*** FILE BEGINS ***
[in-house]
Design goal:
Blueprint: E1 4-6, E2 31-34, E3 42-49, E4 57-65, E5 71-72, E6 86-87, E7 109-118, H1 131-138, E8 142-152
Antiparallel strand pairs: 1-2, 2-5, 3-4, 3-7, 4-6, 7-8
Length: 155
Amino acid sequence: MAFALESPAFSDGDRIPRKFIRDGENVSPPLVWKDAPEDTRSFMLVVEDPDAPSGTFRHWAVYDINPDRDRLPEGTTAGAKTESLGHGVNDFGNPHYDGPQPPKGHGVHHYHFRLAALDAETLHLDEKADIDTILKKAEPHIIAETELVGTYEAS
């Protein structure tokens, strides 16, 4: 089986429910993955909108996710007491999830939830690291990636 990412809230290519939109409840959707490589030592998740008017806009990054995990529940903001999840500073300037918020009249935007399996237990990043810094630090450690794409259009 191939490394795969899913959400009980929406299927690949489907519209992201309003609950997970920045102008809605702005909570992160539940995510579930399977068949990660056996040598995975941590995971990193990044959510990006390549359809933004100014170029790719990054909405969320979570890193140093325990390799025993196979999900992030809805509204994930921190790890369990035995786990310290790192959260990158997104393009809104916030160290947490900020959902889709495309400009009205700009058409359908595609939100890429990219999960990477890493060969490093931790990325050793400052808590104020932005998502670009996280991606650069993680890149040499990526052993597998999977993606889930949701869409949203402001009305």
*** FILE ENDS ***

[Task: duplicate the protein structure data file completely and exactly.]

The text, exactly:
[in-house]
Design goal:
Blueprint: E1 4-6, E2 31-34, E3 42-49, E4 57-65, E5 71-72, E6 86-87, E7 109-118, H1 131-138, E8 142-152
Antiparallel strand pairs: 1-2, 2-5, 3-4, 3-7, 4-6, 7-8
Length: 155
Amino acid sequence: MAFALESPAFSDGDRIPRKFIRDGENVSPPLVWKDAPEDTRSFMLVVEDPDAPSGTFRHWAVYDINPDRDRLPEGTTAGAKTESLGHGVNDFGNPHYDGPQPPKGHGVHHYHFRLAALDAETLHLDEKADIDTILKKAEPHIIAETELVGTYEAS
């Protein structure tokens, strides 16, 4: 089986429910993955909108996710007491999830939830690291990636 990412809230290519939109409840959707490589030592998740008017806009990054995990529940903001999840500073300037918020009249935007399996237990990043810094630090450690794409259009 191939490394795969899913959400009980929406299927690949489907519209992201309003609950997970920045102008809605702005909570992160539940995510579930399977068949990660056996040598995975941590995971990193990044959510990006390549359809933004100014170029790719990054909405969320979570890193140093325990390799025993196979999900992030809805509204994930921190790890369990035995786990310290790192959260990158997104393009809104916030160290947490900020959902889709495309400009009205700009058409359908595609939100890429990219999960990477890493060969490093931790990325050793400052808590104020932005998502670009996280991606650069993680890149040499990526052993597998999977993606889930949701869409949203402001009305």